“…no matter how the season ends, I’m still a champion. And I won’t let anyone tell me anything different.” – Dwight Howard of the NBA’s Houston Rockets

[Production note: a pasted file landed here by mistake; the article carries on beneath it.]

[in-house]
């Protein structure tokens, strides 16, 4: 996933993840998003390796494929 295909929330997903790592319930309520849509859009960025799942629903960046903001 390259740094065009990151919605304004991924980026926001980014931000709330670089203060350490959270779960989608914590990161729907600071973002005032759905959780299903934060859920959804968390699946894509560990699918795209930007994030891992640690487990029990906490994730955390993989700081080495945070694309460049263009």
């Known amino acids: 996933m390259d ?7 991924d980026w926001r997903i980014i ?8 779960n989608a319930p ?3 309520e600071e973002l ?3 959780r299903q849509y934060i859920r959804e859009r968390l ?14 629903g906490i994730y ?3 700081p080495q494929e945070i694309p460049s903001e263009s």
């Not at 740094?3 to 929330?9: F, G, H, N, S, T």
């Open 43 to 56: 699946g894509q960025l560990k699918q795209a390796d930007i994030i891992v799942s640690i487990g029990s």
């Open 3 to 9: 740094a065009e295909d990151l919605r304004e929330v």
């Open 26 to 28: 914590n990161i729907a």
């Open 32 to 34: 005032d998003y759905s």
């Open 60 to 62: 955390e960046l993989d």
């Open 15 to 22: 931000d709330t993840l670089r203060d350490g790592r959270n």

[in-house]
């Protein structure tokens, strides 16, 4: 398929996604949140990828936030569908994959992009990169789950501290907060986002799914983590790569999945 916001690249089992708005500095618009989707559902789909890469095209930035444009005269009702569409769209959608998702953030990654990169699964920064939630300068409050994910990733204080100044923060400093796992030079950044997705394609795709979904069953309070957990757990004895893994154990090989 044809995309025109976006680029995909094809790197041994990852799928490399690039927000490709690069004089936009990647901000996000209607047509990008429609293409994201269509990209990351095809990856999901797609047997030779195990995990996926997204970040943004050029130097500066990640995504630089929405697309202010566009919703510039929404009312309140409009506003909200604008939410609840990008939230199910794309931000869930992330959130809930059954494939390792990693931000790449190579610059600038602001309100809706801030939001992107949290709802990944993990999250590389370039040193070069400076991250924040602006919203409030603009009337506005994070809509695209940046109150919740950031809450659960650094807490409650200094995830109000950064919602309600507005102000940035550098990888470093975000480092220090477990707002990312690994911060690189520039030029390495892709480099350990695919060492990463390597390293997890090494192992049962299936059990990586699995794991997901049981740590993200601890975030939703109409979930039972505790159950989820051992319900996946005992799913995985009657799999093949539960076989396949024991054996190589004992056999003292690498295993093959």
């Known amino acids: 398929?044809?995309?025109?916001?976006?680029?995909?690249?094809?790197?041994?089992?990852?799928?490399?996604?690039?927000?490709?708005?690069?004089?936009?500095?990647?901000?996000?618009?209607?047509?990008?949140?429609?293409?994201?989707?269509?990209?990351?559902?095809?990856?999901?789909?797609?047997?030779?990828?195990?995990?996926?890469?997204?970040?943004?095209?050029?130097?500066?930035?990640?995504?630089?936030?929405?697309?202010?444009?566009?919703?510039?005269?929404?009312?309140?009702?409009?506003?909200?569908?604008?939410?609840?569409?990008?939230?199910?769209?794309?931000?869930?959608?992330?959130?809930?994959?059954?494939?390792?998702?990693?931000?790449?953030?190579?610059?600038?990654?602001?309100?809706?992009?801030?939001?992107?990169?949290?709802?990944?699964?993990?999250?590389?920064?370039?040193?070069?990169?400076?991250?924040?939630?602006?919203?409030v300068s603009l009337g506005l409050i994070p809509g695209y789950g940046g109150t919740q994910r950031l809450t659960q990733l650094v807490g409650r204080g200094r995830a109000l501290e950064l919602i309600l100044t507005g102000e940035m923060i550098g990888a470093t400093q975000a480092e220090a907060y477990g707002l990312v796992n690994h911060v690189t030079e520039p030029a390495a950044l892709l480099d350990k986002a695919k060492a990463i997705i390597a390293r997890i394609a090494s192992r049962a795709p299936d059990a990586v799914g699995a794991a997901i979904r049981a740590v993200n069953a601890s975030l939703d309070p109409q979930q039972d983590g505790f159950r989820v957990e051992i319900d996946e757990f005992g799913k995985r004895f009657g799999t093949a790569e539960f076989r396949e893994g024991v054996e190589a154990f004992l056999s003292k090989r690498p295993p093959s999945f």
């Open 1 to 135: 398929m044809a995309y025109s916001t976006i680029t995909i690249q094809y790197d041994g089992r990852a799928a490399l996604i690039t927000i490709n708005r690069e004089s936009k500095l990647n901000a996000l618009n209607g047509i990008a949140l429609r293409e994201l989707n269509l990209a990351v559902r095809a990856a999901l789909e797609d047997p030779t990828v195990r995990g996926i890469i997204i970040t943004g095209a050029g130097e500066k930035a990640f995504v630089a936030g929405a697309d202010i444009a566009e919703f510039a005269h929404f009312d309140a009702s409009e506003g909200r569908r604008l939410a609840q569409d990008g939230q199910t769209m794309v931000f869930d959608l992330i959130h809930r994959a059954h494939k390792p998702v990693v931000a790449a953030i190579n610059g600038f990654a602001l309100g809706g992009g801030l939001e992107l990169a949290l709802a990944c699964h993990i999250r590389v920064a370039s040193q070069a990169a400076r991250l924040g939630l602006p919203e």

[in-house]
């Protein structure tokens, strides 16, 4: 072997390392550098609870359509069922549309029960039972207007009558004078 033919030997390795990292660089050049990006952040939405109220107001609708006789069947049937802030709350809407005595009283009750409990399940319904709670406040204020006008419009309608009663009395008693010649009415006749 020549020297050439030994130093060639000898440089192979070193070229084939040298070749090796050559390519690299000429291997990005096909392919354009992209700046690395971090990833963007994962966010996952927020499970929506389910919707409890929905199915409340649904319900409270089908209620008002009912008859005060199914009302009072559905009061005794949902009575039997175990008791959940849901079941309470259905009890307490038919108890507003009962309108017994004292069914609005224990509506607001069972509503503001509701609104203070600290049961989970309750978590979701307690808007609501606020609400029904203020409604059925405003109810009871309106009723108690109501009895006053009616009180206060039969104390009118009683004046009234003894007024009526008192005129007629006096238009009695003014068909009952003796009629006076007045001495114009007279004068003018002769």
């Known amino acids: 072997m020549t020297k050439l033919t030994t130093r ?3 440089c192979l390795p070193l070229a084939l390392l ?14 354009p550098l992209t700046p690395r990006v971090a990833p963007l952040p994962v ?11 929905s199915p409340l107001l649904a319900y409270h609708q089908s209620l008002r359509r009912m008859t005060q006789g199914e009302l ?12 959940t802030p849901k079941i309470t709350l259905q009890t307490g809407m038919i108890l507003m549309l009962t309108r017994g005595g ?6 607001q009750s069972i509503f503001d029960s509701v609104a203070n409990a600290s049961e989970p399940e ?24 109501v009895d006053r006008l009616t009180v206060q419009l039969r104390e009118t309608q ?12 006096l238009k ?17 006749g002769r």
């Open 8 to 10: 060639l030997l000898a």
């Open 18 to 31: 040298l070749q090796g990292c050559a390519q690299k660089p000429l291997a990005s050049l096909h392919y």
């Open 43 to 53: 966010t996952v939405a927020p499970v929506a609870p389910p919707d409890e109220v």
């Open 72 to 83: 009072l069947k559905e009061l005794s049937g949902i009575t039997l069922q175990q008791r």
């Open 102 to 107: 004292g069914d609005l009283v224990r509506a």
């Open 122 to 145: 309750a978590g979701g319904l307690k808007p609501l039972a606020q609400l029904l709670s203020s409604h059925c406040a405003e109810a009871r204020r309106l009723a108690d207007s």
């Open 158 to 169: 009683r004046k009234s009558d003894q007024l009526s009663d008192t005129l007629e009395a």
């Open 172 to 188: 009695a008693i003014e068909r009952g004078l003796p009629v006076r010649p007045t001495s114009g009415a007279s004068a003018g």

After the Houston Rockets were destroyed by the Golden State Warriors in the NBA playoffs (*note the pro-California hyperbole), one of the best players in recent NBA history uttered the above statement – providing insight into much of today’s cultural worldview. This is not to take a cheap shot at Dwight Howard who is largely (and perhaps unknowingly) just giving voice to the spirit of the age. We live in an era in which denying reality is often celebrated as long as it provides the emotional or practical benefits that each individual or group desires. The old saying is, “The truth hurts.” This may be why we have entered an era of increased reality-denial. We want to avoid the pain of the truth. Technically correct in calling himself a champion, Dwight Howard had won a Georgia high school basketball championship 11 years ago, but this was not the context of his comments. Dwight can even be given a bit of a pass for speaking off-the-cuff – without thinking much other than his recent, crushing defeat in a game. But denying reality for the emotional or practical benefit of the individual is a symptom that keeps getting worse in more meaningful areas of life. Bruce Jenner is biologically male with a Y-Chromosome and male genitalia, yet society celebrates his denial of reality because he emotionally desires to identify himself as a woman? Fully-Caucasian, former NAACP official, Rachel Dolezal insists that she is black (of modern African descent) despite the scientific and family historical evidence to the contrary? People have been lying since Eden, but this trend is a bit different. It is more of a societal expectation to celebrate self-deception. There’s a difference between lying and believing something that is false, and we live in a day in which there are few consequences for willful lying; and society celebrates the “right” to believe what is false despite all the evidence. Dwight Howard is not an NBA champion, but he “won’t let anyone tell [him] different [sic].” Bruce Jenner never was and never will be a woman, but simply acknowledging this scientific fact by using a masculine pronoun has become a form of microaggressive hate-speech. Were this only something that affects the culture we live in, it would be troubling enough. Unfortunately, this self-deception is a temptation that the church of Jesus Christ must resist in her own ranks. It is easy to point at these glaring specks in the eye of society while missing the beams in the eye of the church. For years, there have been countless funerals in which the deceased were gloriously preached as a devoted Christians when history indicated lives characterized mostly by rebellion or rejection of the Way of Christ. Christian divorces and remarriages apart from any Biblical justification or ecclesiastical consultation have become almost “blue laws” of sorts. Though I’m not a pacifist, most Christians of a strict Bible-believing bent would have been far more averse to any jobs or military service in which taking human life is a distinct possibility. Those days are over as churches that formerly advocated non-combatant service have reversed policy and celebrate the saint whose career may demand participation in killing other human beings. The list could go on, but the point is not to bash the church or individual Christians. On our best days, we all battle inconsistency and cognitive dissonance; however, the root may be that we are always tempted to forfeit thinking for feeling. Truth about the reality of our lives and spiritual conditions become secondary to how we feel (and how we want to believe) about our lives and spiritual conditions. When emotions trump truth, bondage must result since Christ declared the truth is what makes us free. Denying reality to celebrate a false form of freedom can only lead to the loss of true freedom in some way. So what happens when Christians deny reality while believing they are not doing so? The most recent example is a call for a new Reformation in conservative Christianity which advocates same-sex marriage to be considered a moral good within the church. This is a real issue for followers of Christ to consider. But the church must start by embracing a lifestyle that values truth more than comfort, truth more than making others feel loved, truth more than a misguided view of freedom. This was problematic well before any Gay Christian Reformation was proposed. The only thing that matters about what anyone believes is – “Is it true?” Increasingly we are living in a culture that doesn’t care about the answer. For followers of Christ, that is not an option – as evidenced by one incredible exchange in the Gospel of John that shows only two sides of this issue: